Wiring Medieval Italy

When you get off the elevator that takes you from the parking lot on our side of Orvieto up to the town itself, this is what you see:


And you’re so focused on the totally confusing map on the wall, trying to figure out how you can get to the Duomo (NOTE: The map will not help you get there) that you would never think to give attention to the wall itself, and even if you did, there’d be no reason to notice what else is on the wall other than the map. But look more closely at the photo. See the wiring? It’s everywhere. It connects this building with the one next to it as well as the one across the street. And then who knows what wires connect those buildings to others nearby. It’s like a web woven by a spider who spent too much time in Haight-Ashbury during the 60’s.

These wiring webs are to be expected in a town whose buildings often have walls a meter thick. In fact, the wall in the photo and the building we live in are both part of the same former religious complex, which according to the sign on the front, was built in the 13th Century. (Those who know me well are no doubt amused at the irony of my ending up in a former religious complex.) You can see in this photo of one of our windows


that the there’s quite a bit of distance between the edges of the outside and inside walls – in this case just over 3-1/2 feet. I don’t know why the discrepancy, but the back wall of our apartment is only 2 feet thick. If the walls were built for defensive purposes, then perhaps they didn’t think the enemy (or since it was a religious building — the devil) would come from that direction.

In any case — back in 2011 when I told you about our new kitchen (https://halfyearitalian.wordpress.com/2011/08/17/la-cucina-nuova/, should you care to refresh your memory), I explained how difficult it was to move a light fixture or electric outlet from one wall to another, and if it was that difficult inside, it would be pretty much impossible outside. Hence, wires strung everywhere.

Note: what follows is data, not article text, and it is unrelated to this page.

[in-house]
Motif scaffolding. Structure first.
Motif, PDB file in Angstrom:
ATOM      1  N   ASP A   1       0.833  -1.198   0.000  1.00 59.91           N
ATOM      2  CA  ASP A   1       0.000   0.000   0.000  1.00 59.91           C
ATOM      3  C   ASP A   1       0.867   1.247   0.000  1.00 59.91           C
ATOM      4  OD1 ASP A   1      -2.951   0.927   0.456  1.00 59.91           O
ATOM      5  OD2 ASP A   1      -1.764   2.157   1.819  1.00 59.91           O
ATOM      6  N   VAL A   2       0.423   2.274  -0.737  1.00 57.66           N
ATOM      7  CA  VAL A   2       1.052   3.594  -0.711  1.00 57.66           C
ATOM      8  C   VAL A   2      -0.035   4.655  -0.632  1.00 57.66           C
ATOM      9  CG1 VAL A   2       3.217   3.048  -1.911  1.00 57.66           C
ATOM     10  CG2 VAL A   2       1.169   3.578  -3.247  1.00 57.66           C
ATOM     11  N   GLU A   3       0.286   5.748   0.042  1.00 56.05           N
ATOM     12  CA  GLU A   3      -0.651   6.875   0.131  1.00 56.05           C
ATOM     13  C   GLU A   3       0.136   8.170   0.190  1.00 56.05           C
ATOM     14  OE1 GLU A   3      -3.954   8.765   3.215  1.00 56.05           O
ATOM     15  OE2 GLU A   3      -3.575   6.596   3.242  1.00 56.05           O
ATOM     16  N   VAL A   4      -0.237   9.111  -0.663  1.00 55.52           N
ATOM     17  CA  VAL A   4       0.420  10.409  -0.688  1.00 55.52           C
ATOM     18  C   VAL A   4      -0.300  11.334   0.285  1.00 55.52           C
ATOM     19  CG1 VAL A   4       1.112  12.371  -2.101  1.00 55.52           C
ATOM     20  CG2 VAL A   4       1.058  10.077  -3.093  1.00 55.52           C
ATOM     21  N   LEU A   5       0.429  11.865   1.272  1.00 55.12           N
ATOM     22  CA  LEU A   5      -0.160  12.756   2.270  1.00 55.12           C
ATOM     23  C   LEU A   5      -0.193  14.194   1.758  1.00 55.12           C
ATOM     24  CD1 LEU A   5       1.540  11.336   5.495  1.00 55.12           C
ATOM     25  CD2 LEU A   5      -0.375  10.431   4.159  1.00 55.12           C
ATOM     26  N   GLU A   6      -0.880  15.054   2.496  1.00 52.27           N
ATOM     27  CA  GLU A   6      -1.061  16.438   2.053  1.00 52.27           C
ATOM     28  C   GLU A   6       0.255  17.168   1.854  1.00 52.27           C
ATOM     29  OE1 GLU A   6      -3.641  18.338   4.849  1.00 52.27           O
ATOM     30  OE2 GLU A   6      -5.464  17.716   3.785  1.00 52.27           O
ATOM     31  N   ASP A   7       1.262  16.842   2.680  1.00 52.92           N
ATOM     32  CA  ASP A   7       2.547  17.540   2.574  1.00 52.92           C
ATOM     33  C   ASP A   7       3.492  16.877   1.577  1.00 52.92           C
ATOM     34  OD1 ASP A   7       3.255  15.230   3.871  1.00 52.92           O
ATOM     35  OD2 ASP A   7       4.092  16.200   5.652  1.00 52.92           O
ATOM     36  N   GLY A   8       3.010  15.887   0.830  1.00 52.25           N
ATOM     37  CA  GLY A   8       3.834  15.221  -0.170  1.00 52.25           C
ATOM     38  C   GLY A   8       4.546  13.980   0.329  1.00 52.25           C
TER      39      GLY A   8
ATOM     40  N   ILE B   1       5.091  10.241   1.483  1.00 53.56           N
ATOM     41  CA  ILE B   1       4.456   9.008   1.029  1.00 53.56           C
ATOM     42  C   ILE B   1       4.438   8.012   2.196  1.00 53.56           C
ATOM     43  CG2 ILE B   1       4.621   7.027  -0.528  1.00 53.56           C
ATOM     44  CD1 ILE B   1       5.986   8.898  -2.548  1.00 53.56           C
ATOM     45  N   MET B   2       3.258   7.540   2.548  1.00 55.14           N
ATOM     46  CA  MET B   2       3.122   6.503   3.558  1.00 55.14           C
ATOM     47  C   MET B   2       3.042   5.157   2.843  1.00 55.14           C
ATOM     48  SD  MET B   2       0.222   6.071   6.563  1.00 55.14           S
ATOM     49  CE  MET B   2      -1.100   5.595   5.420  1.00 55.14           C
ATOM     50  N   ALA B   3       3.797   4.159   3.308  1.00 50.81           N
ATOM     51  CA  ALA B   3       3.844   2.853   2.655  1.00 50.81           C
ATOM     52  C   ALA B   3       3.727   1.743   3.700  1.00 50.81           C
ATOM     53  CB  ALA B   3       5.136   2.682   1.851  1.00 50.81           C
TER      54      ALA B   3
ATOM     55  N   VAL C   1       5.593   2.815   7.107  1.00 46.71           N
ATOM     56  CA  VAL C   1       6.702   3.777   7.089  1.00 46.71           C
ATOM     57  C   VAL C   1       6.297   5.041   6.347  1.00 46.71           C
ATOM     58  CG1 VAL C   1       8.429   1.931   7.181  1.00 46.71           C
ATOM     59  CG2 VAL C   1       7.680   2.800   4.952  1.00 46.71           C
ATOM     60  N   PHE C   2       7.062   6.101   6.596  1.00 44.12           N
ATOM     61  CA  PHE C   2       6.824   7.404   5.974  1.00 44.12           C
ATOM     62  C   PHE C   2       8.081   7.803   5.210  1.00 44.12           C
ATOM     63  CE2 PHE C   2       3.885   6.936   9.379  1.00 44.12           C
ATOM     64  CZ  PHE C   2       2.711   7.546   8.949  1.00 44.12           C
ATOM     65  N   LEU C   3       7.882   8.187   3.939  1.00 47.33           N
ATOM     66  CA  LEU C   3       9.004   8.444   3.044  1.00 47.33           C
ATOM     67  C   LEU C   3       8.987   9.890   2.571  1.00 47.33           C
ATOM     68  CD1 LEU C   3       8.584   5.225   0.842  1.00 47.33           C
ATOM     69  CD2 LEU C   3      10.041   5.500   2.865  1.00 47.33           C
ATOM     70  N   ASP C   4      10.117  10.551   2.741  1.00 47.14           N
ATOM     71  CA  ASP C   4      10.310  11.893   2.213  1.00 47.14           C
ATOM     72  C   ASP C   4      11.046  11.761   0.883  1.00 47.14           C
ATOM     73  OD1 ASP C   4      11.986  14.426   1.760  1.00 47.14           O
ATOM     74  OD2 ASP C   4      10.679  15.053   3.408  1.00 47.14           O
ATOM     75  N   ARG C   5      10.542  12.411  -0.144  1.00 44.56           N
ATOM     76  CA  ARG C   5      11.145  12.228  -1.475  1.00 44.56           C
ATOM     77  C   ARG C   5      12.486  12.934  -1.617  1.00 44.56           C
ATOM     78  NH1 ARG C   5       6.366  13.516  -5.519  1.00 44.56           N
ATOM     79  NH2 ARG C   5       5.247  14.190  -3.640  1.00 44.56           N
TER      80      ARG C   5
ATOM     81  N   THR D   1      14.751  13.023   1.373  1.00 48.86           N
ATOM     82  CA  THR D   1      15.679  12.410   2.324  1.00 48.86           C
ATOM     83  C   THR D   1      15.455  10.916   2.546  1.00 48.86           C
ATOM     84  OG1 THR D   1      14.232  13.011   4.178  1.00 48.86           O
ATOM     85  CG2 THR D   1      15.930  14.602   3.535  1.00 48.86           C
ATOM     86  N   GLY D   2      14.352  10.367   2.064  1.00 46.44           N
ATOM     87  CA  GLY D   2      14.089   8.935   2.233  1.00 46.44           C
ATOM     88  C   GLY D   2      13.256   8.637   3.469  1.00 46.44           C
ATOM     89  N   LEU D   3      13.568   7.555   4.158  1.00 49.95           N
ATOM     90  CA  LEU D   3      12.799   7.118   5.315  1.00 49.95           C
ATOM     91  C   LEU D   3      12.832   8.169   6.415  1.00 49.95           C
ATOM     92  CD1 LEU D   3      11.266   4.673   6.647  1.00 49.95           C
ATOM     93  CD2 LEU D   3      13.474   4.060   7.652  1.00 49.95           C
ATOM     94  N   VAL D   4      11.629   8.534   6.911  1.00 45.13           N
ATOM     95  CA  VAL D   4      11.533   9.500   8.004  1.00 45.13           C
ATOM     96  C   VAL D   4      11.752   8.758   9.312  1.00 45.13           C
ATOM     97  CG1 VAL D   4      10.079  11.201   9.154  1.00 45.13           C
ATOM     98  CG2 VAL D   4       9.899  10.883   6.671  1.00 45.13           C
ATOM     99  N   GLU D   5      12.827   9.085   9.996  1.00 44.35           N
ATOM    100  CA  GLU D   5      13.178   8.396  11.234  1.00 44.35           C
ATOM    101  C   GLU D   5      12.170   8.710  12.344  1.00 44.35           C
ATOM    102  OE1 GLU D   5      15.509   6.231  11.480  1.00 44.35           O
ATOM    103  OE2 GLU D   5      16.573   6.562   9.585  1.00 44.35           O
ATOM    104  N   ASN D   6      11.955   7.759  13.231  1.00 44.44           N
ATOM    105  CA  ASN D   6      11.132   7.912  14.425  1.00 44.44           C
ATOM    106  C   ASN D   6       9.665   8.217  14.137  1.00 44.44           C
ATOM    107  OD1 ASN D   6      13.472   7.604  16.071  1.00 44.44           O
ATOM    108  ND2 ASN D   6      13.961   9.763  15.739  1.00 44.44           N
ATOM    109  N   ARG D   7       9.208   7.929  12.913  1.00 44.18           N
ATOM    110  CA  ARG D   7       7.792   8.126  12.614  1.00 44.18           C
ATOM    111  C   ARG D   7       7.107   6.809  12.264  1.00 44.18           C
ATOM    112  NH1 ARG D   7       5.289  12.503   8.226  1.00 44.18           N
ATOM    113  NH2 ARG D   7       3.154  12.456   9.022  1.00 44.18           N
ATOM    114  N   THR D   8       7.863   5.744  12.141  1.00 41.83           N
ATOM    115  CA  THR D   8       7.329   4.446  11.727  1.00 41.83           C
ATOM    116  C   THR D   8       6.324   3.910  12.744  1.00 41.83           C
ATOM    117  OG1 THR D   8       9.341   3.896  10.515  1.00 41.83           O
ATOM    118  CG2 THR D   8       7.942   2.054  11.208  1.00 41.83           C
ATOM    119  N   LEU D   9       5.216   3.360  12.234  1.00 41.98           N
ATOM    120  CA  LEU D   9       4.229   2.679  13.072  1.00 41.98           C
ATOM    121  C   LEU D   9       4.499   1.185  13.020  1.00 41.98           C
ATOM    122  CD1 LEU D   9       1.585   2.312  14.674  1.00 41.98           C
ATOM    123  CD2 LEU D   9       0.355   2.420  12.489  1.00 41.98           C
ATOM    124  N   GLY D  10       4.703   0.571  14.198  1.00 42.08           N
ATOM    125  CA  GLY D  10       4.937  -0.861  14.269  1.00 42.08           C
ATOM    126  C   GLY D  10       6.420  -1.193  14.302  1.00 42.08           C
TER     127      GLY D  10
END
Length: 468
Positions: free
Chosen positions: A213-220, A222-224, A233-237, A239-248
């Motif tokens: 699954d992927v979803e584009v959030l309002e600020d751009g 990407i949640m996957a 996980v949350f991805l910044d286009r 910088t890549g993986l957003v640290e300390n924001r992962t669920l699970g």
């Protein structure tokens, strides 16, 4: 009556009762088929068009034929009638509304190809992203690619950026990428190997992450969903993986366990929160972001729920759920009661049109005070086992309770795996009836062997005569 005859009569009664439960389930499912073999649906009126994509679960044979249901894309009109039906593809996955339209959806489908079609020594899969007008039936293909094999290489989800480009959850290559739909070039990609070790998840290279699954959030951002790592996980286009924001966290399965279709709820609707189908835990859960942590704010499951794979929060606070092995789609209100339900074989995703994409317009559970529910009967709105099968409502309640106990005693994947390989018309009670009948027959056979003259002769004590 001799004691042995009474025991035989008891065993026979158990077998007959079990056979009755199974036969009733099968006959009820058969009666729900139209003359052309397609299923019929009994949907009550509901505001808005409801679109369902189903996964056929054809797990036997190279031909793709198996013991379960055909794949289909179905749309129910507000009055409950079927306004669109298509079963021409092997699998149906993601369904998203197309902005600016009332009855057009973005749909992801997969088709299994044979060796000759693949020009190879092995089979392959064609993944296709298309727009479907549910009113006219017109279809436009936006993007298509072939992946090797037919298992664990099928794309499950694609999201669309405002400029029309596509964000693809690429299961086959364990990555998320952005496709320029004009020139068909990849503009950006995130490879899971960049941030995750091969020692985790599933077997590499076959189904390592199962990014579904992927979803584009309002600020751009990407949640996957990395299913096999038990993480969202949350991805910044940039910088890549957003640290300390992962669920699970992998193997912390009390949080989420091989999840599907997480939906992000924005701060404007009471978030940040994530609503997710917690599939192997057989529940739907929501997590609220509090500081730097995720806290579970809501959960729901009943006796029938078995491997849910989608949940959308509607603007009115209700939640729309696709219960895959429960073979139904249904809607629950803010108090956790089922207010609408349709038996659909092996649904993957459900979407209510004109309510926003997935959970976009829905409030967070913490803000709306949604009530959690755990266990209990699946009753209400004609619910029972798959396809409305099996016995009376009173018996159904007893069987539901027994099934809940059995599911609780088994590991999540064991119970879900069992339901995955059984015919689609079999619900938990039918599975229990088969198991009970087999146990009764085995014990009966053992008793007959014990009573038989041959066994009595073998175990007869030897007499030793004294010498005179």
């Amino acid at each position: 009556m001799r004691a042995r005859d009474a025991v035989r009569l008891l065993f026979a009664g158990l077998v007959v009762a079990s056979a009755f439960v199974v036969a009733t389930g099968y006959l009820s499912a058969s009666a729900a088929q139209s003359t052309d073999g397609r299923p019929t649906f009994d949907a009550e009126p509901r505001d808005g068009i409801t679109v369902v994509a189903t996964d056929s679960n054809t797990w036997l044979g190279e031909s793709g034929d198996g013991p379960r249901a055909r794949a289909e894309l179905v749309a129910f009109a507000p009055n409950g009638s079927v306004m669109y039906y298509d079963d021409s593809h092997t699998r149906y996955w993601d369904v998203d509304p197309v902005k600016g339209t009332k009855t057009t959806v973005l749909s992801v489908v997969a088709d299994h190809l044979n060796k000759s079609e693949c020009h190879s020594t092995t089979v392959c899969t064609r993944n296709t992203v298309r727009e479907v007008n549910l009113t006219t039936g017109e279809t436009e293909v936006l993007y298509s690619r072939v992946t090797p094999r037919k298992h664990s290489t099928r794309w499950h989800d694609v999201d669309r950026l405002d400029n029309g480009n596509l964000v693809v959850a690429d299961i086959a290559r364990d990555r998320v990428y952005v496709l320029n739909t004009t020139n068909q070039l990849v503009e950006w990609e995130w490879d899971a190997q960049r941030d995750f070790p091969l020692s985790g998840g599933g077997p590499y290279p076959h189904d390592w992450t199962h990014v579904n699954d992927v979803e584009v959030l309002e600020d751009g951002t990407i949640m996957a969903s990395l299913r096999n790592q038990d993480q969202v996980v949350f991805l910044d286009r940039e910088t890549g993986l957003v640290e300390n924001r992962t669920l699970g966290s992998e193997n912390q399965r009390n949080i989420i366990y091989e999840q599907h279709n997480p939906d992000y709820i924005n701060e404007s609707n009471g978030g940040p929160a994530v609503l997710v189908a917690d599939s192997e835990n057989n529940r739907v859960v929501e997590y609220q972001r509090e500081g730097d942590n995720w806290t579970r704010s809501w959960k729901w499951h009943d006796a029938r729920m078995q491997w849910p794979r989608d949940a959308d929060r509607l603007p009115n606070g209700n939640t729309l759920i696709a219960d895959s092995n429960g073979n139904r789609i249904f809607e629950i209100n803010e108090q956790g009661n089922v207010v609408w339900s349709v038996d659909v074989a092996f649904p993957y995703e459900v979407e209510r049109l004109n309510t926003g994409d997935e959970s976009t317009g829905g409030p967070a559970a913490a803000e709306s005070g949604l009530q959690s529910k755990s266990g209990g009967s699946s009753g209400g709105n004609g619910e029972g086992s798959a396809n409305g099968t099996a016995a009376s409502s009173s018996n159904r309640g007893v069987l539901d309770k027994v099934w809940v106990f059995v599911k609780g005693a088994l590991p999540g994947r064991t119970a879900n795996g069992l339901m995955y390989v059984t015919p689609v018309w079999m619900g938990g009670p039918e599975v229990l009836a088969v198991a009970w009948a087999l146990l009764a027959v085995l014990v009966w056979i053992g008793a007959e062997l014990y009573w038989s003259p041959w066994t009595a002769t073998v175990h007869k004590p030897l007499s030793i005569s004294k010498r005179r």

Here’s a photo I took from another window, looking at the inner convent courtyard.


You can see wires bound to other wires, wires resting on wires, conduits that might or might not have wires running through them. And if you think that’s a lot of wires, here’s the front of a building on the main street of town:


I considered this one of the top finds in my wiring “collection” because of the incredible jumble — just out there…..exposed to the elements….exposed to vandals….exposed to whatever evil might befall such vulnerable threads of technology. Can you imagine this passing any kind of building inspection in the US? In fact, I’m sure it wouldn’t pass an inspection here for a more modern building.  And yet, I’ve not heard of one case of any kind of damage being done to property or people due to the entire infrastructure being, in effect, stapled to the outside walls. I don’t know how old this particular building is, but considering ours is well over 700 years old and has probably endured at least 100 years of electronics, I’m not going to worry about the frailty of Medieval buildings; I’m just going to enjoy my new hobby of seeking out more pieces of wiring artwork.

And as for finding the Duomo – forget the map; it will just give you a headache. Better to ask a real person for directions. And then you can enjoy your stroll around town, discovering your own favorite wiring masterpieces to go along with all those guide book “suggestions”. You can now use “wiring” as still another excuse for visiting Italy’s beautiful Medieval towns.



3 thoughts on “Wiring Medieval Italy

  1. In Atlanta it is the squirrels that do the damage both to new and old wiring. Maybe Italy doesn’t have squirrels.

  2. Loved this one! I literally was laughing out loud especially when referencing your overwhelming attendance to a religious edifice in the younger years!!
    Somehow it is fitting that you are living in a converted convent. Maybe you are being subliminally converted as you sleep! Thank God for the wires and elevator, as it would take me a month to get up the hill to see you!

  3. Great insight on something Americans would never think of! Italians -and Europeans in general- are so deft at making things work in ancient buildings and usually it looks pretty good on the INSIDE when they are done. I think my new hobby will be photographing worksites and situations that would give an OSHA inspector heart failure.

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